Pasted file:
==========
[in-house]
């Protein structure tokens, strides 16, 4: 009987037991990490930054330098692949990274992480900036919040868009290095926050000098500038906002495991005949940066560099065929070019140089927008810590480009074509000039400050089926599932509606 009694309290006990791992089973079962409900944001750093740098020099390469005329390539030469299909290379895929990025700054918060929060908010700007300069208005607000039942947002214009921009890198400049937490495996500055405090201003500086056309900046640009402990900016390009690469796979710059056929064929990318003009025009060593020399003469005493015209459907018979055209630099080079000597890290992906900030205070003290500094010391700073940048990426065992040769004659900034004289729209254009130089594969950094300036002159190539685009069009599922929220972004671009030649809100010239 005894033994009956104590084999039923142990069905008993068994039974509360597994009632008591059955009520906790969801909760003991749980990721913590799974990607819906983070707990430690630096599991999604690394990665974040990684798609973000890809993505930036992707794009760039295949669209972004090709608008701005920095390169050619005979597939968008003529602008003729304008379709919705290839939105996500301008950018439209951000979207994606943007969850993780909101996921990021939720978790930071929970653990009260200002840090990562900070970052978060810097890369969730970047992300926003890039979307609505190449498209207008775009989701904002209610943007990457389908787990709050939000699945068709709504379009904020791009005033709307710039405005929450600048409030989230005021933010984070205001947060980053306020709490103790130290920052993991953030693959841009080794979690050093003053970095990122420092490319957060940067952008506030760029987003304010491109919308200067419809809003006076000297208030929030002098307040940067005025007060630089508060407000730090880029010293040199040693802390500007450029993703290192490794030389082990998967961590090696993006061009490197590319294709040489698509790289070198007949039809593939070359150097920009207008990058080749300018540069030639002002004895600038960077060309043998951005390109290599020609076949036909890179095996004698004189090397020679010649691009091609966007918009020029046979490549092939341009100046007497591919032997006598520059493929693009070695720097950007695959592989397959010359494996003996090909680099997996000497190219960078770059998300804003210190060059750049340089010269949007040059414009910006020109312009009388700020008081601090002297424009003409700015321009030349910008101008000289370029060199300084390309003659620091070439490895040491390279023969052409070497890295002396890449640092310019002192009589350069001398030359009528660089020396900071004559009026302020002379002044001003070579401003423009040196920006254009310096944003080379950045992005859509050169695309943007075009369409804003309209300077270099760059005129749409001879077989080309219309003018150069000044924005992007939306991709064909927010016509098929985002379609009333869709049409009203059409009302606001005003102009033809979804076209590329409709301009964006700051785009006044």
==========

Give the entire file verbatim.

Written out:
[in-house]
């Protein structure tokens, strides 16, 4: 009987037991990490930054330098692949990274992480900036919040868009290095926050000098500038906002495991005949940066560099065929070019140089927008810590480009074509000039400050089926599932509606 009694309290006990791992089973079962409900944001750093740098020099390469005329390539030469299909290379895929990025700054918060929060908010700007300069208005607000039942947002214009921009890198400049937490495996500055405090201003500086056309900046640009402990900016390009690469796979710059056929064929990318003009025009060593020399003469005493015209459907018979055209630099080079000597890290992906900030205070003290500094010391700073940048990426065992040769004659900034004289729209254009130089594969950094300036002159190539685009069009599922929220972004671009030649809100010239 005894033994009956104590084999039923142990069905008993068994039974509360597994009632008591059955009520906790969801909760003991749980990721913590799974990607819906983070707990430690630096599991999604690394990665974040990684798609973000890809993505930036992707794009760039295949669209972004090709608008701005920095390169050619005979597939968008003529602008003729304008379709919705290839939105996500301008950018439209951000979207994606943007969850993780909101996921990021939720978790930071929970653990009260200002840090990562900070970052978060810097890369969730970047992300926003890039979307609505190449498209207008775009989701904002209610943007990457389908787990709050939000699945068709709504379009904020791009005033709307710039405005929450600048409030989230005021933010984070205001947060980053306020709490103790130290920052993991953030693959841009080794979690050093003053970095990122420092490319957060940067952008506030760029987003304010491109919308200067419809809003006076000297208030929030002098307040940067005025007060630089508060407000730090880029010293040199040693802390500007450029993703290192490794030389082990998967961590090696993006061009490197590319294709040489698509790289070198007949039809593939070359150097920009207008990058080749300018540069030639002002004895600038960077060309043998951005390109290599020609076949036909890179095996004698004189090397020679010649691009091609966007918009020029046979490549092939341009100046007497591919032997006598520059493929693009070695720097950007695959592989397959010359494996003996090909680099997996000497190219960078770059998300804003210190060059750049340089010269949007040059414009910006020109312009009388700020008081601090002297424009003409700015321009030349910008101008000289370029060199300084390309003659620091070439490895040491390279023969052409070497890295002396890449640092310019002192009589350069001398030359009528660089020396900071004559009026302020002379002044001003070579401003423009040196920006254009310096944003080379950045992005859509050169695309943007075009369409804003309209300077270099760059005129749409001879077989080309219309003018150069000044924005992007939306991709064909927010016509098929985002379609009333869709049409009203059409009302606001005003102009033809979804076209590329409709301009964006700051785009006044």